Situated opposite the Flat Iron Building, at No 1 Madison Avenue, MA&GIA is the perfect place for savouring the best Italian dry-cured hams washed down with fine wine chosen from the extensive wine list. The restaurant extends across 250 metres, designed with meticulous attention to detail by the Italian architectural firm BAM STUDIO. It offers New Yorkers the quality and atmosphere of a contemporary, typically Italian osteria, at a reasonable price.
Gourmets will be able to rediscover the genuine taste of Prosciutto di San Daniele aged for different periods of time and the delicate flavour of Parma Ham, as well as to savour the rosemary, truffle and smoked flavours of the cooked hams.
These and other Italian specialities, including typical cold meats such as mortadella and bresaola and tasty cheeses including Grana Padano, Burrata and other regional cheeses, can be enjoyed together with a full-bodied Cabernet for example, or maybe an intense Merlot, or a velvety Nebbiolo or a pleasant Chardonnay from Italian and American estates owned by the best wineries.
Don’t miss out… and don’t let even a slice go to waste!
27 East 23rd Street New York
Celebrations to mark the 50th anniversary of the foundation of the Prosciutto di San Daniele Consortium were held in the Museo delle Cività Contadina, in San Daniele del Friuli, on 25 November 2011.
The celebrations were attended by all the Consortium members, the President of the Consortium Vladimir Dukcevich, the Director General Mario Cichetti, and some of the most important institutional figures in the region. During the event, all of the Consortium members were presented with a recognition plaque to acknowledge their 50 years of cooperation in producing the famous dry-cured ham complete with trotter.
The photographic book 50 anni per il San Daniele (50 Years of San Daniele) by Antonio Giusa was also presented. This work forms a collective autobiography of the key figures in the history of Prosciutto di San Daniele and its Consortium, based on official documents and accompanied by the memoirs of the people who have headed the association over the years.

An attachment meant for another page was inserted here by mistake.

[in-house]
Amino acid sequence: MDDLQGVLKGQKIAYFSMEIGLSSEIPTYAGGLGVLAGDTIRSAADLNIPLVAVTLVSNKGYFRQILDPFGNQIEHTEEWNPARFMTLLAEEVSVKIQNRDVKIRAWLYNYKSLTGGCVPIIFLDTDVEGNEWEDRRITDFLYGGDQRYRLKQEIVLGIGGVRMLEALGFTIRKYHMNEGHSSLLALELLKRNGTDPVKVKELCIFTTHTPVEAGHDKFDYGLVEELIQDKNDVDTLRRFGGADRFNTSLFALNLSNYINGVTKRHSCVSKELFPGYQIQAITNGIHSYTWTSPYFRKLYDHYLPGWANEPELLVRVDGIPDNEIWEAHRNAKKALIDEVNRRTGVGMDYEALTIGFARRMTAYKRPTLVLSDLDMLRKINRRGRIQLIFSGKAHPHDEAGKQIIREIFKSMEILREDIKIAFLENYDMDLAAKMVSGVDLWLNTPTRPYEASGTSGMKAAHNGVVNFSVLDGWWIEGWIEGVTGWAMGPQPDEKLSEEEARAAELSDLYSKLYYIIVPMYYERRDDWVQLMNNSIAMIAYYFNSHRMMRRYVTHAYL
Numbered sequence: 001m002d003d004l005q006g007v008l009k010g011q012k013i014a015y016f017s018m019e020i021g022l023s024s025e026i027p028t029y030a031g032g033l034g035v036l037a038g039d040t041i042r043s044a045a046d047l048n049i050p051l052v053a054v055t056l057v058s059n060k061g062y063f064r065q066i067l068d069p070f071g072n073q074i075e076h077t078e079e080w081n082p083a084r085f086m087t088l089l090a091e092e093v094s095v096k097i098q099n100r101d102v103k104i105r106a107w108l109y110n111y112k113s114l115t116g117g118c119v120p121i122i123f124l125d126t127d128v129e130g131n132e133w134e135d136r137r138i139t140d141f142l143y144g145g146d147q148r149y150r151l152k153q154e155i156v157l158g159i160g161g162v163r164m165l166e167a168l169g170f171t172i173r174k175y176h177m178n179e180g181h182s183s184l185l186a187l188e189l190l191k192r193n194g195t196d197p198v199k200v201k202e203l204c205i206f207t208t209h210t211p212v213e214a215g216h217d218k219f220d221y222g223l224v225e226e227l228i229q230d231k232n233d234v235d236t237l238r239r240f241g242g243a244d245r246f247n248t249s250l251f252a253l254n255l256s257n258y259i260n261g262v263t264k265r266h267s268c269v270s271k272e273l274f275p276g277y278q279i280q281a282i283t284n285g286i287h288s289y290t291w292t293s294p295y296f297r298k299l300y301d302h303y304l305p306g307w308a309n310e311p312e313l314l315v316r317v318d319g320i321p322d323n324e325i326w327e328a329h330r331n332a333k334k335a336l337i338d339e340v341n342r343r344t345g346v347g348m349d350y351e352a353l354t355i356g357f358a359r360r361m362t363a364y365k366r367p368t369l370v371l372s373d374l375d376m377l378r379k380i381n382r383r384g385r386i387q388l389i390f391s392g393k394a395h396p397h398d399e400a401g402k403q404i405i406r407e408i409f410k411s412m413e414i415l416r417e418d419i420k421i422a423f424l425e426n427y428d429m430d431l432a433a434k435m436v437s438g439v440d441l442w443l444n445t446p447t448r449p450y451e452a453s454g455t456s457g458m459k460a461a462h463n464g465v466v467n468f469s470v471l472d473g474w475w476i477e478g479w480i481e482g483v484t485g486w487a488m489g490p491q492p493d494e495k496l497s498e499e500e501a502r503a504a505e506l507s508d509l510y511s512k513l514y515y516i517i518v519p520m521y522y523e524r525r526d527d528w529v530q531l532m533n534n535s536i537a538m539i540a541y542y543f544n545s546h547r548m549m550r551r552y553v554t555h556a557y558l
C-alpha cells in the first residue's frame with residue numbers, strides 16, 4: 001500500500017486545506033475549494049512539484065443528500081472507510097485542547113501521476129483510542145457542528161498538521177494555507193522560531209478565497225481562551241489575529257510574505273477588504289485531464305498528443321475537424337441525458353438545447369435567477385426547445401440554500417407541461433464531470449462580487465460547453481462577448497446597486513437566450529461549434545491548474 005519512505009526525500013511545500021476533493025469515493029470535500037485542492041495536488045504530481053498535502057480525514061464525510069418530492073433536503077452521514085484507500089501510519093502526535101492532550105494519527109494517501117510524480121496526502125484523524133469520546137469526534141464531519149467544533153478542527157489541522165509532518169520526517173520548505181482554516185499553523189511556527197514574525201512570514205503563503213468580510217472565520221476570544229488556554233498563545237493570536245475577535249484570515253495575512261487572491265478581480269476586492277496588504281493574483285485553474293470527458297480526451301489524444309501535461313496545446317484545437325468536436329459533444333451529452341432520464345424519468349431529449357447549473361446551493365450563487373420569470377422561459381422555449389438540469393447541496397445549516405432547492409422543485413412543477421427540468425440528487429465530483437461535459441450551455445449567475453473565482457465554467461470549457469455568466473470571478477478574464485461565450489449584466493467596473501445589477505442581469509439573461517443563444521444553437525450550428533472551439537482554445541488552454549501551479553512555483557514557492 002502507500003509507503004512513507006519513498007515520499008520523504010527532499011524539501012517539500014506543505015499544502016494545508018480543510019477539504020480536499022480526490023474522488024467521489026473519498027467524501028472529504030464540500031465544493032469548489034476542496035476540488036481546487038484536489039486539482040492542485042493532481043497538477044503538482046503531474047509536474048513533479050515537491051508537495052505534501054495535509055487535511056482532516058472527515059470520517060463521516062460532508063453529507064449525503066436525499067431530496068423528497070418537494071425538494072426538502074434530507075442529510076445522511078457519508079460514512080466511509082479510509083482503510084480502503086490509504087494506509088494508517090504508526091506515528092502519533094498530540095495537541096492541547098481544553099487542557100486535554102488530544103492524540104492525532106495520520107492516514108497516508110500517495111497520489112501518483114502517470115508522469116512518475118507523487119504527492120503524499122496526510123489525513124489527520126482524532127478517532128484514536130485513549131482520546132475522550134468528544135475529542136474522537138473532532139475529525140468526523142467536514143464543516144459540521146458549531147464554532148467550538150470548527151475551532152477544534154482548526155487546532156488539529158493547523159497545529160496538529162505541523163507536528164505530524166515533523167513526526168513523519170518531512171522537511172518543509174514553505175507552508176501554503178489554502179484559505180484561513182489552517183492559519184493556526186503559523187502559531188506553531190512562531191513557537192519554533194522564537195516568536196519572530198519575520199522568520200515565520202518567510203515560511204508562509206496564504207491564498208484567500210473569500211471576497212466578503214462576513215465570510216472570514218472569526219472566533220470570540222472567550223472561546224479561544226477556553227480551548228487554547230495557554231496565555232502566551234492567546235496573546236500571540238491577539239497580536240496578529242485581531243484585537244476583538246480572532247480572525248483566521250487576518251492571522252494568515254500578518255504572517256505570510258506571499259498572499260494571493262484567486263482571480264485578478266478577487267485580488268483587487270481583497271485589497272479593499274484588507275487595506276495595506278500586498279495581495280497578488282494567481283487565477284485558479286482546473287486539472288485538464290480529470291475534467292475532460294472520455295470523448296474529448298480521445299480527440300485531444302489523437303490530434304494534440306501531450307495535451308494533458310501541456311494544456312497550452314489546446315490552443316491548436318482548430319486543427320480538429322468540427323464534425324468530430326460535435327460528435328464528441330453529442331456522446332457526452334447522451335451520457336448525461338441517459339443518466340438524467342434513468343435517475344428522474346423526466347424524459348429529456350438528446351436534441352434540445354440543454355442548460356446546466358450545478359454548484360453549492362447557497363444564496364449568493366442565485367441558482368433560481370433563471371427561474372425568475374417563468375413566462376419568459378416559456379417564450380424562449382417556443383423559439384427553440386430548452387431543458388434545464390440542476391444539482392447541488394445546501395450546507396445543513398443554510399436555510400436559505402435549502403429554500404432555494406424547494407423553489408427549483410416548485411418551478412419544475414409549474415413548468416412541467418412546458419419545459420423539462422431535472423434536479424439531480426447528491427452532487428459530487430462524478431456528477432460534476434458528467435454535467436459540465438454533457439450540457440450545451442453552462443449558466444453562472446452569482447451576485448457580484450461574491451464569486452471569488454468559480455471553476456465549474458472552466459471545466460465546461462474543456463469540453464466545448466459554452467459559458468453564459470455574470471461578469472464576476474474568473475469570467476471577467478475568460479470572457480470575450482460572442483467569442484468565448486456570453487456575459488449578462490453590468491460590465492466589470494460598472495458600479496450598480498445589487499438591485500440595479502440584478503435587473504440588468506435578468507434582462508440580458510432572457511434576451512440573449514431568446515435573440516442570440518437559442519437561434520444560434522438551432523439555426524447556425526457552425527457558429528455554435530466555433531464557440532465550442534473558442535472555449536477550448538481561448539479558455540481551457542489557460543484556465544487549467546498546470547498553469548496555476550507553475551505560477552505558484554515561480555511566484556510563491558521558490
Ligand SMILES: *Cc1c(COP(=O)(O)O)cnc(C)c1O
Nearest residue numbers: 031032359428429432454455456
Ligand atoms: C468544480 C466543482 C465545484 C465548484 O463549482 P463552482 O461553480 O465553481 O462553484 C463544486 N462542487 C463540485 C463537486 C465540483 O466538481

The success of the day, and of the 50 years of constant work, is confirmed by the latest news from the market: the Consortium has recorded a 3.5% increase in sales compared to the first 10 months of 2010.
There was a significant performance of 12% in European sales, with the same percentage being recorded in the USA. Japan, meanwhile, actually recorded an increase of 30% compared to the first half of 2010.
In order to share its great pride in these results, San Daniele was the setting for “Autunno Friulano a San Daniele” on 26 November 2011. This event was organised in partnership with the Central Directorate for Agricultural, Natural and Forestry Resources, ERSA (the Regional Agency for Rural Development), the Municipality of San Daniele, the Prosciutto di San Daniele Consortium, the Italian Sommelier Association (AIS – Associazione Italiana Sommelier) and the regional Breeders’ Association (Associazione Allevatori FVG), and involved a series of tasting initiatives held on the streets of the hilltop town. The most popular initiatives included wine tasting organised by the AIS and featuring wine from 52 different wineries, and sampling of the best farm produce bearing the trademark Tipicamente Friulano (Typically Friulian), ranging from malga, sheep and goat cheeses, to brovada (pickled turnips), pork products, and floriculture.